My normal landing-area while using an underhand, forward-spinning toss, is about 6" to 10" from the backwall.  Ideally, the dice will only carry just enough momentum or forward moving energy, to hit the flat (non-alligator) portion of the backwall rubber, and then slightly rebound straight backwards by no more than 3" or 4".


The table itself will dictate any adjustments that have to be made as far as moving my initial landing-area closer to or further from the backwall, as well as indicating if more or less forward-revs or throwing force energy is needed.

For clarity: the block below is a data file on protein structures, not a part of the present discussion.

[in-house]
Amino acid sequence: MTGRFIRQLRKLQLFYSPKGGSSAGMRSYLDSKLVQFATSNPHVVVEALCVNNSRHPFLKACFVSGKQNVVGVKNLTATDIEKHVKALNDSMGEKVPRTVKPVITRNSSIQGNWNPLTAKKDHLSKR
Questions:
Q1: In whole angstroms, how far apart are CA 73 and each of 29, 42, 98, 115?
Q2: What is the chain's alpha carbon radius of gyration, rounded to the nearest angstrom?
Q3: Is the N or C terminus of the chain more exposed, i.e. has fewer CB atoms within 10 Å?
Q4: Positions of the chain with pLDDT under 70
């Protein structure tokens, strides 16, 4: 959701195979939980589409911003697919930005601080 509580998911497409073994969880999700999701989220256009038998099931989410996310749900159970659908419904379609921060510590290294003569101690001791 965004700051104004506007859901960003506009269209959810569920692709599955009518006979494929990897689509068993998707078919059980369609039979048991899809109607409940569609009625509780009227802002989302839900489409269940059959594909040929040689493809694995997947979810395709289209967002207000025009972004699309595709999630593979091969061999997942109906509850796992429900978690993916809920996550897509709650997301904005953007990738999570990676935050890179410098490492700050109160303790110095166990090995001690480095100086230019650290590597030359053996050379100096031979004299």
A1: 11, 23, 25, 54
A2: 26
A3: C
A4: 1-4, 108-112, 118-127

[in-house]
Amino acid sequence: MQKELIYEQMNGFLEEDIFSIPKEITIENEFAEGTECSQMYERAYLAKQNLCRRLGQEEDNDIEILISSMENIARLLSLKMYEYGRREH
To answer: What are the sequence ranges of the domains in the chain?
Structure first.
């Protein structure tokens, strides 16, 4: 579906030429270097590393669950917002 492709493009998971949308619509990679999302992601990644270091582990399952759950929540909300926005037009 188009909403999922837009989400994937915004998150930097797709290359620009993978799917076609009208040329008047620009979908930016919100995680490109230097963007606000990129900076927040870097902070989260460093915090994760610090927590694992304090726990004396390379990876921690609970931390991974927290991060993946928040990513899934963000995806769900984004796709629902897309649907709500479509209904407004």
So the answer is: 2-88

Reducing Throwing-Force and Rebound Energy


We've talked about dialing-down your throwing-energy many times before, but many guys still have a hard time doing that from the close-in SL/SR 1 and 2 positions.


In trying to reduce their throwing-force and the amount of rebound energy they get when the dice hit the backwall, their slowed-down throwing-motion ends up looking like a herky-jerky slow-motion claymation (think
Pokey and Gumby) cartoon. 


The reason for that is because the
slower you try to move your arm below a certain speed, the more you are going against what I would call the "natural speed" of your normal toss. As a result, the throw becomes kind of ragged looking...or at least ragged resulting.


When your throwing-motion loses its smoothness and fluidity, you can't really expect the dice-outcomes to be a thing of beauty either.


What's the cure?